Many people think that economic freedom will necessarily lead to wealth being concentrated in the hands of a few powerful elites. “Why, if people are free, wealth won’t be distributed fairly!” they claim. Here are some reasons why that argument is completely fallacious:
1) Wealth isn’t distributed, it’s earned.
In the market, people earn money by being productive, allocating resources more efficiently than their competition, making wise financial decisions, etc. Naturally, there are inequalities between people’s abilities to do each of these things; thus, any inequality arising in a free market comes about because of inequality of skills, intelligence, work ethic, luck, etc. In the end, income inequality shouldn’t matter because one man does not gain at the expense of another (people must create wealth in order to earn money).
As Milton Friedman once said, “Most economic fallacies derive from the tendency to assume that there is a fixed pie [of wealth] that one party can gain only at the expense of another.”
2) For those who actually care about income inequality:
Empirical research continually finds that economic freedom is positively correlated with income EQUALITY. For example, a 2007 study of the relationship between economic freedom and income equality concluded, “the estimated relation between economic freedom and income inequality is positive, statistically significant, but relatively inelastic” . A 2013 study found similar results. According to the authors, “Using fixed effects regression analysis, we find evidence that increases in economic freedom are associated with lower income inequality, but the dynamic relationship between the two variables depends on the initial level of economic freedom” . Since economic freedom is positively associated with income equality, it is impossible to claim that increasing economic freedom will lead to wealth concentration among the very rich.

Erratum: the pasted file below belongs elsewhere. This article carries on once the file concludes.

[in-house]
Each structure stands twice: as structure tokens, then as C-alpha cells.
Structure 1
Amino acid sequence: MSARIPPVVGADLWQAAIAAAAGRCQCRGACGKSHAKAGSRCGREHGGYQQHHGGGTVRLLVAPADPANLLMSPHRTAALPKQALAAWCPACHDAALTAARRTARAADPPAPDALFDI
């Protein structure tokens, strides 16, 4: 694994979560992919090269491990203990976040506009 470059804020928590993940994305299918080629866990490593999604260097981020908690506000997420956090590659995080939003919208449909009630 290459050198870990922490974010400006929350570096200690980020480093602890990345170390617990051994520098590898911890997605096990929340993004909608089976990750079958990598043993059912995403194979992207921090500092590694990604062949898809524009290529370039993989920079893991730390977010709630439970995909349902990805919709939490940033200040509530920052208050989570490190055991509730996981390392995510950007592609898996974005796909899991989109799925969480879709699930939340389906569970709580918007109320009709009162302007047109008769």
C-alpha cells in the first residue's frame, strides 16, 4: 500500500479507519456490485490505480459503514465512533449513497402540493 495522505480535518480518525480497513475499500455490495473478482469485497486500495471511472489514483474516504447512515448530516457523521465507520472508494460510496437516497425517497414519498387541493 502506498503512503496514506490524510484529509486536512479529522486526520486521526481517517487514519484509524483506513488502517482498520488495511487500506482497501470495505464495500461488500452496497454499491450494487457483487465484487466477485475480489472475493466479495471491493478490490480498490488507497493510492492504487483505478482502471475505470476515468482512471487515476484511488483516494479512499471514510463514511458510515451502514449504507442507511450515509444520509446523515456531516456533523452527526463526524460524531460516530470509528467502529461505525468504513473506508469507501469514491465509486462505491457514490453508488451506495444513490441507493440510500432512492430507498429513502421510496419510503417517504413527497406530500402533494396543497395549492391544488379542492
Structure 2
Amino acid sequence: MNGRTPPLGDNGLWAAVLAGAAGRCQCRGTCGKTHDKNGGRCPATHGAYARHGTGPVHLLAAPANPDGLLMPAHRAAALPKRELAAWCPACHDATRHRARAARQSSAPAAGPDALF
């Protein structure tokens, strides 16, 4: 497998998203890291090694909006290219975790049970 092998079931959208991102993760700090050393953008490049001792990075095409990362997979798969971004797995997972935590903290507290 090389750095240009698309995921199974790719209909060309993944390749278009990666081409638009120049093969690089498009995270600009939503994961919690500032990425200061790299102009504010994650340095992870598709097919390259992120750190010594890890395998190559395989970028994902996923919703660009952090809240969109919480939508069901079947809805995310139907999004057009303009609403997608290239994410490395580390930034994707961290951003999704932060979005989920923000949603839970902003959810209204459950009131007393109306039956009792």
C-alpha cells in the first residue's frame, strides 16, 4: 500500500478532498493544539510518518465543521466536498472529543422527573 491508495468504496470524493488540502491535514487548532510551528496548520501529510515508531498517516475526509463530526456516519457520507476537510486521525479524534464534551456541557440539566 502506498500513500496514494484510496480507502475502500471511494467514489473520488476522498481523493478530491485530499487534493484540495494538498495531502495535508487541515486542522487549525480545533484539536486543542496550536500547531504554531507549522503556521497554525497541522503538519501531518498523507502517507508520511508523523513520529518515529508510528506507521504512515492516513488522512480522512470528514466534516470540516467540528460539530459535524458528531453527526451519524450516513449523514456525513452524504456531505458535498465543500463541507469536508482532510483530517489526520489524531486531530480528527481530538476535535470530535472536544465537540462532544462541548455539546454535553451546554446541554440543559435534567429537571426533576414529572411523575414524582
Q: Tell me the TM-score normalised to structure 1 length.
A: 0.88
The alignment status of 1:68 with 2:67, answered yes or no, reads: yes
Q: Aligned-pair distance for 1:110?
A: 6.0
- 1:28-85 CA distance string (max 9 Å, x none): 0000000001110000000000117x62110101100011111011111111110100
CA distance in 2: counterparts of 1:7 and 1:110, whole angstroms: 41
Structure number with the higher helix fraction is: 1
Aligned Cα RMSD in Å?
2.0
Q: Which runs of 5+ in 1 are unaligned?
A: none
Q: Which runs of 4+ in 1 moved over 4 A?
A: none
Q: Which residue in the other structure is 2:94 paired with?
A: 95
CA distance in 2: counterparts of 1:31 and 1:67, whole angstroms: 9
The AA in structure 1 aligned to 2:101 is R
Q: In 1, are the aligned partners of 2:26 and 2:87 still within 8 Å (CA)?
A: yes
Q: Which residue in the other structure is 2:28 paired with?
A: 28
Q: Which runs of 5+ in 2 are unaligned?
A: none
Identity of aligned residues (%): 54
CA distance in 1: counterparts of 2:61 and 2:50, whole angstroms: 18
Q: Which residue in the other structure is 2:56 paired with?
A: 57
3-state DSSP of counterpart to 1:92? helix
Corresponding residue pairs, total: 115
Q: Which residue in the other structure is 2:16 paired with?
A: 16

NOTE: Keep in mind, the US’s economic freedom rating has been dropping for a decade whilst income inequality has risen.
In conclusion, the claim that in a free market wealth would be concentrated at the very top is not supported by empirical evidence. And even if it were true, all that would indicate was that the people at the very top of the income ladder are extremely productive (or had more valuable skills, knowledge, etc) relative to the rest of the populace. Unfortunately, today the US has a government which is so powerful that it can manipulate interest rates, tax codes, and the law to favor special interest groups engaged in rent seeking. Ultimately, if people are worried about inequality, they should be more concerned about what the government is doing to promote it than the free market.